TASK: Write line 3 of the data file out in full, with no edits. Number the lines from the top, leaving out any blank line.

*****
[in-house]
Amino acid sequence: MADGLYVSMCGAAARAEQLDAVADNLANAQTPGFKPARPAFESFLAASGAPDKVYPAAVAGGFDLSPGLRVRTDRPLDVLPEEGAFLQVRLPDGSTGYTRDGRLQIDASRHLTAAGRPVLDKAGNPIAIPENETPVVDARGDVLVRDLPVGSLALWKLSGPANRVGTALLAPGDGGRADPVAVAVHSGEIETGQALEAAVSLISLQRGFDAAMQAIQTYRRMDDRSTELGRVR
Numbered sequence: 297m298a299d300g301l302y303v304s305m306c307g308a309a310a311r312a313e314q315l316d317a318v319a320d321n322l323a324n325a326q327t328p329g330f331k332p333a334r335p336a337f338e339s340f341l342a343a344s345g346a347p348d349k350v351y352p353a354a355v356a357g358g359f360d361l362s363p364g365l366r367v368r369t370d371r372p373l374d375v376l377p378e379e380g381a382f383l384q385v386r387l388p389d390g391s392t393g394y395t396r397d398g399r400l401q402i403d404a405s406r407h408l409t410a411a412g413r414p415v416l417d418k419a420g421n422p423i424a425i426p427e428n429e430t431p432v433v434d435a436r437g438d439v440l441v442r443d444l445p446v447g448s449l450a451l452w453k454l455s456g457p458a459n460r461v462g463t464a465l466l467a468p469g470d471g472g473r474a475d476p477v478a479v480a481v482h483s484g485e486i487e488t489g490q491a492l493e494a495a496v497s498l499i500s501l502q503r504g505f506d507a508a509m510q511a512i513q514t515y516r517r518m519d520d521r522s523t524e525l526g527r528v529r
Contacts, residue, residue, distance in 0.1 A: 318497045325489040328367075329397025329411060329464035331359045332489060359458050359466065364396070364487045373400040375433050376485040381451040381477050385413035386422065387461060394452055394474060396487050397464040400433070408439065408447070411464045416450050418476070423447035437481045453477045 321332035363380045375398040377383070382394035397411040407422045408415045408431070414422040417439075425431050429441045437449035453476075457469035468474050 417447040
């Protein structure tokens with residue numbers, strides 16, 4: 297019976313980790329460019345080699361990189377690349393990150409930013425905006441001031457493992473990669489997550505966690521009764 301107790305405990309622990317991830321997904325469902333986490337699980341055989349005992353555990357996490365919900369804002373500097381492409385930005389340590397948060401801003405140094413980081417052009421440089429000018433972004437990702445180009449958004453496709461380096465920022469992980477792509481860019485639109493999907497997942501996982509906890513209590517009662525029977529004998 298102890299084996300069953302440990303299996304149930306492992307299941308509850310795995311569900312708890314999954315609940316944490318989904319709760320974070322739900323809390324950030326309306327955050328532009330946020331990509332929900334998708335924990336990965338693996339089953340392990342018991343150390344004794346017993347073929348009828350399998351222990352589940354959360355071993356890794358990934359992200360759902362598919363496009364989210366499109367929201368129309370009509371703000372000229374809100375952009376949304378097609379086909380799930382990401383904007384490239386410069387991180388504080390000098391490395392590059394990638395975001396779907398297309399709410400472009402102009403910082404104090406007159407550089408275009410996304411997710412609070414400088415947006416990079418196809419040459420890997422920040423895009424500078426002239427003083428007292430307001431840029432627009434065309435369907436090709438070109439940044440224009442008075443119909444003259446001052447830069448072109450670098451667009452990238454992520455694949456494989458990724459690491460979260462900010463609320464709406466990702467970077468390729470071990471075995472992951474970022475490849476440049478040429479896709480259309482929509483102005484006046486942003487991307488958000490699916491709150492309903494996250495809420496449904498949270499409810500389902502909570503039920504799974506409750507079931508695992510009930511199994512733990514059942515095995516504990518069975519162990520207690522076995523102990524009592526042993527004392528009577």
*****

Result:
Numbered sequence: 297m298a299d300g301l302y303v304s305m306c307g308a309a310a311r312a313e314q315l316d317a318v319a320d321n322l323a324n325a326q327t328p329g330f331k332p333a334r335p336a337f338e339s340f341l342a343a344s345g346a347p348d349k350v351y352p353a354a355v356a357g358g359f360d361l362s363p364g365l366r367v368r369t370d371r372p373l374d375v376l377p378e379e380g381a382f383l384q385v386r387l388p389d390g391s392t393g394y395t396r397d398g399r400l401q402i403d404a405s406r407h408l409t410a411a412g413r414p415v416l417d418k419a420g421n422p423i424a425i426p427e428n429e430t431p432v433v434d435a436r437g438d439v440l441v442r443d444l445p446v447g448s449l450a451l452w453k454l455s456g457p458a459n460r461v462g463t464a465l466l467a468p469g470d471g472g473r474a475d476p477v478a479v480a481v482h483s484g485e486i487e488t489g490q491a492l493e494a495a496v497s498l499i500s501l502q503r504g505f506d507a508a509m510q511a512i513q514t515y516r517r518m519d520d521r522s523t524e525l526g527r528v529r